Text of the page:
Since the emergence of the British press, tabloids have run riot with the peace of the country, publishing sensationalist gossip and inflammatory rhetoric. The country’s tabloids have become notorious globally for their aggressive tactics and lurid coverage that drove the public toward Brexit and against Prince Harry and the Duchess of Sussex.
Indeed, The Sun and Daily Mail are the country’s most widely read newspapers, each with a readership of six million a month, each regularly peddling offensive, provocative and sometimes downright fictitious stories.
But a recent scandal involving The Sun and the BBC raises fresh questions for not just the tabloids, but the British media as a whole. Journalists are tasked with safeguarding the public and holding powerful institutions to account. But as this latest saga shows, the British press is unable to protect the public from its own recklessness — let alone hold other institutions, or indeed itself, accountable.
The British press is unable to protect the public from its own recklessness — let alone hold other institutions, or indeed itself, accountable.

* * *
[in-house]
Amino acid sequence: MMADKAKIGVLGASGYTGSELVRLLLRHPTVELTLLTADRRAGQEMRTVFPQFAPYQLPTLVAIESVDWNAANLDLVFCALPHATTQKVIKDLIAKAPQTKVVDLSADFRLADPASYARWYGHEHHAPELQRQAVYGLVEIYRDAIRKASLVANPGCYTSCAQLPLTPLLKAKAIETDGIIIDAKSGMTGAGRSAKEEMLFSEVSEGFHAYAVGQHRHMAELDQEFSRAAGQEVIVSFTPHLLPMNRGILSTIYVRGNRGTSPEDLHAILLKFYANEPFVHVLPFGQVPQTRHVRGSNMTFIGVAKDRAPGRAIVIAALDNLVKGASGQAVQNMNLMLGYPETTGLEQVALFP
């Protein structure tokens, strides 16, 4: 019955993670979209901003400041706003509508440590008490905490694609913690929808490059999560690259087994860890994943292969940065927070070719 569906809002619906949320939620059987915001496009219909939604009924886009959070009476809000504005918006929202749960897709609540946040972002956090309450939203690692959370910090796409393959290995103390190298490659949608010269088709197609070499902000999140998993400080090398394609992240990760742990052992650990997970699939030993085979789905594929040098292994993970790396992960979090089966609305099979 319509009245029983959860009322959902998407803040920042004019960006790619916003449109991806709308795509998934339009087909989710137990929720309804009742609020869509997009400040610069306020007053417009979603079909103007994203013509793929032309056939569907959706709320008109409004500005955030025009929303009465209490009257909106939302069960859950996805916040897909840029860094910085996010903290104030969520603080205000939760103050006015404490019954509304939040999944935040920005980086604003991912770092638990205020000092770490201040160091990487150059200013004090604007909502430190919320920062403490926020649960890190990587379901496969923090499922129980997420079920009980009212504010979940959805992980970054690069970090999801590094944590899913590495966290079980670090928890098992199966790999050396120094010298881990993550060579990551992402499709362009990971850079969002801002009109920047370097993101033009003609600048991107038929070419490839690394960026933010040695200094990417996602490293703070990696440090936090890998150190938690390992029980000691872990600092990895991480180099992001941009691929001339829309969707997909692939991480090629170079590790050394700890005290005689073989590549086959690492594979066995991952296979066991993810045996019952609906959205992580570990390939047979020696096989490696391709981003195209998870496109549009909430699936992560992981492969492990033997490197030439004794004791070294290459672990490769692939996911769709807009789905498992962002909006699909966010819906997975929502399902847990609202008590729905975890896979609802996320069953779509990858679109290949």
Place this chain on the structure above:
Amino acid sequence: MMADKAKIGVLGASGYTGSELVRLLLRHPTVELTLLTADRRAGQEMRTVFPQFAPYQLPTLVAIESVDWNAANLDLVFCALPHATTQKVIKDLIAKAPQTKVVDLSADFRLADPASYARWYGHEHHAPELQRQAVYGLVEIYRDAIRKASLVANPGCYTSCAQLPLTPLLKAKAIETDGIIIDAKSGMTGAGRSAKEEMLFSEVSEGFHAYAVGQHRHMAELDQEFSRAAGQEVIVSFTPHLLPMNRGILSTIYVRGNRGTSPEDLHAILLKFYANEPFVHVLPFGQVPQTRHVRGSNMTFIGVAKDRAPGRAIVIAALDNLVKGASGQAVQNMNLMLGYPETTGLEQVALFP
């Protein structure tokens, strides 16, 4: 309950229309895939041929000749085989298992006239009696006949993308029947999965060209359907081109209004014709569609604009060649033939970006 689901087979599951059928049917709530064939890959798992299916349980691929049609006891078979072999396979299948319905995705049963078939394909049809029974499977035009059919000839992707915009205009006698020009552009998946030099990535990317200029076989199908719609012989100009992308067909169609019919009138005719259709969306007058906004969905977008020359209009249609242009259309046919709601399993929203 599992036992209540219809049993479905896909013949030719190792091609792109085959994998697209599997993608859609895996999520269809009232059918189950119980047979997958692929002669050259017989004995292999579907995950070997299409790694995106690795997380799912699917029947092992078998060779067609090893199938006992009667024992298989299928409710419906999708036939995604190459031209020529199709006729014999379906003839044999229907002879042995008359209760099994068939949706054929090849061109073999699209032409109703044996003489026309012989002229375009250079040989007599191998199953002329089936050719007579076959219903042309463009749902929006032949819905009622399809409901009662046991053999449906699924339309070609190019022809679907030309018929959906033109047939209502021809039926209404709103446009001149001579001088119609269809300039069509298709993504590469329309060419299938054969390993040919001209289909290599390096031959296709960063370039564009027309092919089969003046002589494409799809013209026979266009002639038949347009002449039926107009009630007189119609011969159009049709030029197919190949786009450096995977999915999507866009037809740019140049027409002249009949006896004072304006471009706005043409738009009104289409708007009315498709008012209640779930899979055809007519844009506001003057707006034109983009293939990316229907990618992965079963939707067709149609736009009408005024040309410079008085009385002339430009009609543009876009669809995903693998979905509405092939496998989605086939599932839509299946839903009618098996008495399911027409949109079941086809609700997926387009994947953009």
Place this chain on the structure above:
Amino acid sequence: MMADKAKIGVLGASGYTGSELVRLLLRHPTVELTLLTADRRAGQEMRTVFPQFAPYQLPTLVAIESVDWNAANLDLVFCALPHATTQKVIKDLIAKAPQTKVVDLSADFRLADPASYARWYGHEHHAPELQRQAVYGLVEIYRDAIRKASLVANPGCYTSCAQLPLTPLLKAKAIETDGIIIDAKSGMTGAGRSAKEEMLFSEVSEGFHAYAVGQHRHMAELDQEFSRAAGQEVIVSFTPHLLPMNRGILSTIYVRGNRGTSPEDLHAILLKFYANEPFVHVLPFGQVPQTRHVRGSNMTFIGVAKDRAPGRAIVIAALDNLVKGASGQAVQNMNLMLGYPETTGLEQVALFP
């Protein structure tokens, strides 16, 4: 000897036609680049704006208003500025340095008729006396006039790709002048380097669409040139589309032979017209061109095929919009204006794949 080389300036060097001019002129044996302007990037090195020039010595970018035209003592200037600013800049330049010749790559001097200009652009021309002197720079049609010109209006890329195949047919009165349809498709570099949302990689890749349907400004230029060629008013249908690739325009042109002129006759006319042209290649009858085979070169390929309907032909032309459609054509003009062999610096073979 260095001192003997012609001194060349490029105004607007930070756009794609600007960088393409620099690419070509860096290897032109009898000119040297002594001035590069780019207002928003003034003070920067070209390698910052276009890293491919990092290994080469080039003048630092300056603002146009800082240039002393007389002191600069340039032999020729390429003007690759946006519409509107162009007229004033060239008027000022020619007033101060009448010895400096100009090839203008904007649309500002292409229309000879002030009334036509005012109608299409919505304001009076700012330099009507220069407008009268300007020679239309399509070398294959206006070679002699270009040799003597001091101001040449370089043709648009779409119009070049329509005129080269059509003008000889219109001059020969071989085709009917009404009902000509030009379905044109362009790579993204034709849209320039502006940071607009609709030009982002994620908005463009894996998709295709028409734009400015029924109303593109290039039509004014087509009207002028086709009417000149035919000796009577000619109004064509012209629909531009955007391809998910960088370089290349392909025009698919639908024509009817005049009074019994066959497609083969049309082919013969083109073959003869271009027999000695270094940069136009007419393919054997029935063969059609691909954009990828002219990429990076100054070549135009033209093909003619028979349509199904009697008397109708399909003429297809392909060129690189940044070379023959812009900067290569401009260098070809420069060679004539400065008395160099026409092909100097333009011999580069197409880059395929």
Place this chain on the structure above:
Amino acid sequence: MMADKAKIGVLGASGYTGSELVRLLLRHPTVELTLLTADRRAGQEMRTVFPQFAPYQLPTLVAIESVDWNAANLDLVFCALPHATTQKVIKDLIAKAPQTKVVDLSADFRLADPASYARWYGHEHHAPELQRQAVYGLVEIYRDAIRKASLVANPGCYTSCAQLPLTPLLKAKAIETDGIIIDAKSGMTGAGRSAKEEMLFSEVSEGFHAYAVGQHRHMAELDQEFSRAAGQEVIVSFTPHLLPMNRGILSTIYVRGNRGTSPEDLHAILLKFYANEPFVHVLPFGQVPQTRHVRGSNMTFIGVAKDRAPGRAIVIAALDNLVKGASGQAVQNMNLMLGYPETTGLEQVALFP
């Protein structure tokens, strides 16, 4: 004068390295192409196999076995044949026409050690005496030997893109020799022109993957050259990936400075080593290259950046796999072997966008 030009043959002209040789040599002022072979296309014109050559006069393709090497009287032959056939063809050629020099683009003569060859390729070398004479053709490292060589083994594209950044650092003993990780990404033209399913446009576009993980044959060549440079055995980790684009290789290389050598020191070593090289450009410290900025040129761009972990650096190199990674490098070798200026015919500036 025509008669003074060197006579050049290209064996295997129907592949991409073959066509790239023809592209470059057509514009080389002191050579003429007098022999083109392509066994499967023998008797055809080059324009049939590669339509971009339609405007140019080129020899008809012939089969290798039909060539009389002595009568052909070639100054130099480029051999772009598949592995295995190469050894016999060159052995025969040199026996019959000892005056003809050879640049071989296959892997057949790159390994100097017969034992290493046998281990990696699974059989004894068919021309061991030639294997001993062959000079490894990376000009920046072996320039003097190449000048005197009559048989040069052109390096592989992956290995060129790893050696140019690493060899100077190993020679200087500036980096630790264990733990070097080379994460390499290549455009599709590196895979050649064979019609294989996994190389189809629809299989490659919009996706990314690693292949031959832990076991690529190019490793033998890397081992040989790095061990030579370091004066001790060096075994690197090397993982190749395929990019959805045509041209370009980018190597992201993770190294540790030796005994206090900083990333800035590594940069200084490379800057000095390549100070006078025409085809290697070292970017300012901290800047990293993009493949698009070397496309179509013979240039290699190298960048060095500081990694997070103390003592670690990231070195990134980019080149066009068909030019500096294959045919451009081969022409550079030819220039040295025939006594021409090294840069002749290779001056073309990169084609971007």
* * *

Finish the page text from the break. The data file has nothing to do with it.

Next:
The latest tabloid drama
Last week, The Sun published serious allegations of impropriety against an unnamed BBC News presenter who was later revealed as Huw Edwards, a household name in Britain. Police have since concluded that there was no evidence of criminality. But in the days after The Sun’s article was published, a flurry of events exposed the U.K.’s sorely damaged media landscape.
Before The Sun printed its so-called expose, it emerged, the alleged victim had already denied that anything inappropriate took place. Yet the paper still published its report without including his denial, neglecting a basic component of journalistic practice.
By not naming the presenter, The Sun’s report stoked a social media storm of speculation that led to numerous BBC presenters being falsely accused. Apart from causing unnecessary distress to all parties, social media users began casually engaging in very serious acts of defamation; one user was forced to retract his libelous statement and apologize to BBC presenter Jeremy Vine publicly for making baseless accusations.
“The substance, evidential basis and public interest justification for this story now all look weaker than ever,” says Nathan Sparkes, chief executive of press reform campaign Hacked Off. “This episode demonstrates the extraordinary power the press has to inflict harm against people and underlines the urgent need for an independent system of regulation.”